OK, folks, my description of this movie is, "it's better than Titanic." The two movies are a lot alike -- they're beautiful, they've got great effects and talented actors, there's a deep and lasting love story beneath the rest of the plot, there's great tragedy and tension -- but they're cotton candy movies. Sweet, pretty, but not substantive. Sure, I cried at some points in the movie (and I bawled during Titanic), but afterward I was left thinking "okay, that's done." The plot is really predictable (during Titanic I was actually quoting dialog before the characters even said it, which I didn't do here) and the pacing is terrible. The film is SO long and moves SO slowly. There were parts I liked -- good acting, some great cinematography -- but all in all I didn't think it was all that and a bag of chips.

Moms, probably not. In addition to the tension and trauma, Benjamin serves in World War II and sees violent action.

Rachel Getting Married

Nominated for Best Actress (Anne Hathaway), Rachel Getting Married is the story of Kym, who returns home from a stint in rehab in order to attend her sister Rachel's wedding. Kym's drug addiction has been the proverbial thorn in the family's side for more years than they can remember. It has overshadowed Rachel's development all her life by making her older sister the focus of all the family's attention. In addition, Kym's addiction was directly responsible for the death of their little brother and indirectly responsible for their parents' subsequent divorce. This big specter, and the way each person reacts to it, overshadows everything in the days leading up to Rachel's wedding until, as is inevitable, it all comes to a head.

Shot with a lot of hand-held camera work that draws you into the scene, and filled with top-notch performances from the entire cast, this film is an uncomfortable tour de force. The situation is so painful, but so real. It's as if you know these people, live with these people, and all you want is to grab them and get them to really talk to each other. It's a dramatic, intense, touching, and very well done movie.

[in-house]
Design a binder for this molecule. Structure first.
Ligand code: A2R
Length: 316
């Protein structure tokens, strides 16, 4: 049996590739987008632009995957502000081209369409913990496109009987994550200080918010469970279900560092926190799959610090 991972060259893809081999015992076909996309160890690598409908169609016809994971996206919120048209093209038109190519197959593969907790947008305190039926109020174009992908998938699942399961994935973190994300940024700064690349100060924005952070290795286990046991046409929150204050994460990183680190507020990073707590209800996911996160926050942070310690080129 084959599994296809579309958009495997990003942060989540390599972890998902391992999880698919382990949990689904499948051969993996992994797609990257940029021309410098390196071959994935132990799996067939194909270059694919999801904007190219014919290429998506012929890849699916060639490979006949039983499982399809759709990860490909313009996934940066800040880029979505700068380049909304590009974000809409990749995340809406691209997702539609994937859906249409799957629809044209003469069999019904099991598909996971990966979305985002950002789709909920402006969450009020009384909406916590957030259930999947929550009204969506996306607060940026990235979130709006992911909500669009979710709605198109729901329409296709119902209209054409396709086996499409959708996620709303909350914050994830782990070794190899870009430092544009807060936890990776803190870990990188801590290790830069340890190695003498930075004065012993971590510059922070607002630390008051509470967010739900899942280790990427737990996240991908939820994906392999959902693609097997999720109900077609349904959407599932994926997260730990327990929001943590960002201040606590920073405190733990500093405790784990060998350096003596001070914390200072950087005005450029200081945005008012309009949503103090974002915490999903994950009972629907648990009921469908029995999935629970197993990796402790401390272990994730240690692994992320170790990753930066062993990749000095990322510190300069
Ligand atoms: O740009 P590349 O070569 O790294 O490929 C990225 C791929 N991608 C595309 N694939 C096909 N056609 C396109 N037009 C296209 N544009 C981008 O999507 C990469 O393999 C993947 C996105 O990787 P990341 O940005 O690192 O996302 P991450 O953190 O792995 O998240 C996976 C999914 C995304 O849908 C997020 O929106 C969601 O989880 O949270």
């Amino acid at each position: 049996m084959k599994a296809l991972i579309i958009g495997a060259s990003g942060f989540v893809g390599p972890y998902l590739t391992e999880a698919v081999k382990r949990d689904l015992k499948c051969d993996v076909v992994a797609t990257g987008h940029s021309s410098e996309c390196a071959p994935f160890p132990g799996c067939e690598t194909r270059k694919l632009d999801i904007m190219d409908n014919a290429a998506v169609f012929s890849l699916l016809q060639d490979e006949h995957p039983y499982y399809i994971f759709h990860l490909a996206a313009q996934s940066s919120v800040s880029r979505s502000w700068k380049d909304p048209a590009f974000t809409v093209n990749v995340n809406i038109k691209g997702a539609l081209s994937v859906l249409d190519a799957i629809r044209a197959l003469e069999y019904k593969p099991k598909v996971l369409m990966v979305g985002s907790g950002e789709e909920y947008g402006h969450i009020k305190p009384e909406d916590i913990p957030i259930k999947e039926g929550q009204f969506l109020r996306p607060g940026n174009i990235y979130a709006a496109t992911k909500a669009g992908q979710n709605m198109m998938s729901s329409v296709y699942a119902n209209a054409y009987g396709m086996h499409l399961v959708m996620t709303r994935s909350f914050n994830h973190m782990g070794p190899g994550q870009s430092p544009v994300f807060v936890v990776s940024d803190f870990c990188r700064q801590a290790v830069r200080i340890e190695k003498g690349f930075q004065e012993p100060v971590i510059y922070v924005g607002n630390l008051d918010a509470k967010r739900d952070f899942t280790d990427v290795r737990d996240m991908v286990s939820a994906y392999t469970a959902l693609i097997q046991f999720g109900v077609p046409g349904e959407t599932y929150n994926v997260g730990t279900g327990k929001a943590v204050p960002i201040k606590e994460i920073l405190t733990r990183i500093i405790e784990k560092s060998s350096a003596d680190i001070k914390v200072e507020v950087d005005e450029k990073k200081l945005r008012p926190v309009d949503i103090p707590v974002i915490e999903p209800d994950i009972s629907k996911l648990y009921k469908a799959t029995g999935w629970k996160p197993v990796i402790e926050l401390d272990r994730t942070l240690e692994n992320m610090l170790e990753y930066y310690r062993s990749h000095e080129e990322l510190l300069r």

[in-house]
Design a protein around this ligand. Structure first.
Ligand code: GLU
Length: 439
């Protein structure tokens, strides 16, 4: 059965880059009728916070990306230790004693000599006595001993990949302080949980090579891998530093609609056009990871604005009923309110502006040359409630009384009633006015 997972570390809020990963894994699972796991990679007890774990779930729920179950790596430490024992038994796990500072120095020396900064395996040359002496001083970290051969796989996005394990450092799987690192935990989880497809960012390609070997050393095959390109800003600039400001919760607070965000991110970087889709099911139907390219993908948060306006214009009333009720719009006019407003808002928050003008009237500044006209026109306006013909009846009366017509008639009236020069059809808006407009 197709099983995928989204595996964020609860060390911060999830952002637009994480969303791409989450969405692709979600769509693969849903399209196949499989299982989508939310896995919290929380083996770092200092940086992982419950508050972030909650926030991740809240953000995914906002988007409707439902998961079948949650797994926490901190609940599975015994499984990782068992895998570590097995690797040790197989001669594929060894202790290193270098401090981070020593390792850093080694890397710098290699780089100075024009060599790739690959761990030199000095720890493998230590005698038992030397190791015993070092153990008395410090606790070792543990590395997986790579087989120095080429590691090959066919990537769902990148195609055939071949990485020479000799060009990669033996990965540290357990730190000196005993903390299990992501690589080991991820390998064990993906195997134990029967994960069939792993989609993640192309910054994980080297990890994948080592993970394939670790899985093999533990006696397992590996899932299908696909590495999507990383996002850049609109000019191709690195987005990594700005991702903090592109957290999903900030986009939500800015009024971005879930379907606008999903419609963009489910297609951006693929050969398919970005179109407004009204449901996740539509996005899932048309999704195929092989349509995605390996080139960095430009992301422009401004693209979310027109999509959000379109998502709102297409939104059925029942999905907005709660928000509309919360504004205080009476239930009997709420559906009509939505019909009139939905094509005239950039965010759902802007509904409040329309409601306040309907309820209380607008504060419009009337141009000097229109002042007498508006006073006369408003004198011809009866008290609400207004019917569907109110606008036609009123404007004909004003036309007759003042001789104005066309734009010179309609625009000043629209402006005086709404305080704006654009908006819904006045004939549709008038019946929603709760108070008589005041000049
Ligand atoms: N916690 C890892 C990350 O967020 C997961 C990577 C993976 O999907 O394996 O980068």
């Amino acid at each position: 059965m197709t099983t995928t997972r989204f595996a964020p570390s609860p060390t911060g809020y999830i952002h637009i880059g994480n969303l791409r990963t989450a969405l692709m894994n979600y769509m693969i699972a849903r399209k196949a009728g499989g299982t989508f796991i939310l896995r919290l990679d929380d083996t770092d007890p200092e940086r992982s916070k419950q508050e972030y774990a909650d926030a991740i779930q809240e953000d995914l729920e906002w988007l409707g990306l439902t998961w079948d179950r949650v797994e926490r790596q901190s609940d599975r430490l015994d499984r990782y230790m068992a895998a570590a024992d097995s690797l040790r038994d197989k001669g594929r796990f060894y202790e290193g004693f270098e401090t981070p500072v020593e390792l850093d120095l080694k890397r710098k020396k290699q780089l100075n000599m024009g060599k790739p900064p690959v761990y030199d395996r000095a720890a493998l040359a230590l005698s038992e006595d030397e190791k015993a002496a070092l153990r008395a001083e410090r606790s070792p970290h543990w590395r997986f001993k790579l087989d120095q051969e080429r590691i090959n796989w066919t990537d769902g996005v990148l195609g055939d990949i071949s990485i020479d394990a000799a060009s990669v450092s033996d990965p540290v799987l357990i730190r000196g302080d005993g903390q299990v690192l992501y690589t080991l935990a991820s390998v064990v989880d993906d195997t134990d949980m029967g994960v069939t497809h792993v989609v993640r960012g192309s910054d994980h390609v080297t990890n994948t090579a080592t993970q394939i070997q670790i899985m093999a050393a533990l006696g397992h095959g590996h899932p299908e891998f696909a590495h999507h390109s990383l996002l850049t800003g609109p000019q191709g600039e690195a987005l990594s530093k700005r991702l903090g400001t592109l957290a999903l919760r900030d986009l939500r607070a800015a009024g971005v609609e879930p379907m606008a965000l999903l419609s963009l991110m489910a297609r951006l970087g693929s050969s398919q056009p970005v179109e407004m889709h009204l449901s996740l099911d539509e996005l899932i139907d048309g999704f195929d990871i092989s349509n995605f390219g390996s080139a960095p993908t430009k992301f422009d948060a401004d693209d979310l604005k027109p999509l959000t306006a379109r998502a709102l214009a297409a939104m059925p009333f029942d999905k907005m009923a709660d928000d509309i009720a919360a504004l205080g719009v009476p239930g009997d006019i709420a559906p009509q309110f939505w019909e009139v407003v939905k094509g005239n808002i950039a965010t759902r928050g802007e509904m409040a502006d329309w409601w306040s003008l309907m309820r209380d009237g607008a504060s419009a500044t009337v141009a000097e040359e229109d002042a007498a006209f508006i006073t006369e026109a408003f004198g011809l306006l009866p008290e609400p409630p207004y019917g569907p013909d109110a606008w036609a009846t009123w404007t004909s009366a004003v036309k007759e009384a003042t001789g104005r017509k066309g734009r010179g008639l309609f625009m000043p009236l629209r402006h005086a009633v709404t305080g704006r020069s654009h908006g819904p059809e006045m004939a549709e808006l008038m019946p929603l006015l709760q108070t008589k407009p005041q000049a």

Sorry, Moms, this is another one that you two probably should not see. Other readers, however, especially those intrigued by the concept of Best Actress Nominee Anne Hathaway, should totally check this one out.


Nominated for Best Animated Feature, Bolt is the story of a girl and her dog...who just happen to be the stars of a popular kids TV show. When Bolt, who believes the TV show to be real, accidentally gets out of the studio and gets lost, he embarks on a continent-spanning quest to be reunited with "his person." Along the way he makes new friends and discovers who he really is and where he belongs in the world.

This film is so cute and such fun! The story is heartwarming and charming with some funny moments mixed in. Sure, there's some tension as Bolt works his way across the country, and as the manipulating agent tries to get Penny to go on with a new dog in Bolt's place, but the movie is so well done that you don't really mind. We had the additional bonus of seeing this movie in 3-D, which was great fun, but the plot stands up well enough on its own that the big screen and the 3-D effects are not necessary to enjoy the film.

Oh, and guess what? Moms, you CAN see this one and you probably should, it's really fun!


Nominated for Best Picture, Best Actor (Sean Penn), Best Supporting Actor (Josh Brolin), Best Director (Gus Van Sant), Original Screenplay, Costume Design, Editing, and Original Score, Milk is the true story of Harvey Milk, California's first openly-gay elected official, who strove to be the change he wanted to see in the world.

In 1978, I was 10 years-old and totally wrapped up in Star Wars and Battlestar Galactica. I wasn't very aware of national or world events (although intergalactic ones were right up my alley!). Anyway, my point is that, while I had a general knowledge of the story, I didn't know a lot of details. What I do know is that this is one darned good film. Not only well-acted and put together, but also the right story at the right time -- a message that the world really needs to hear...and absorb.

(Not one for our moms, however.)

Monday, January 26, 2009

Slumdog Millionaire

Nominated for Best Director (Danny Boyle), Best Picture, Adapted Screenplay, Cinematography, Editing, Sound Editing, Sound Mixing, and two nominations for Original Song, Slumdog Millionaire is the story of Jamal, his brother Salim, and their friend Latika and their attempts to rise from life in the slums of Mumbai. As children they are faced with much adversity from being orphaned, to begging in the streets, to lives as hustlers, and frequent involvement with shady characters and gangs. Although they are often separated, Jamal never gives up trying to find Latika, and Salim never stops being the "big brother protector." When Jamal ends up on India's version of "Who Wants to be a Millionaire," he attracts a great deal of attention, becoming both a celebrity and a target overnight, but his goal remains the same -- find Latika.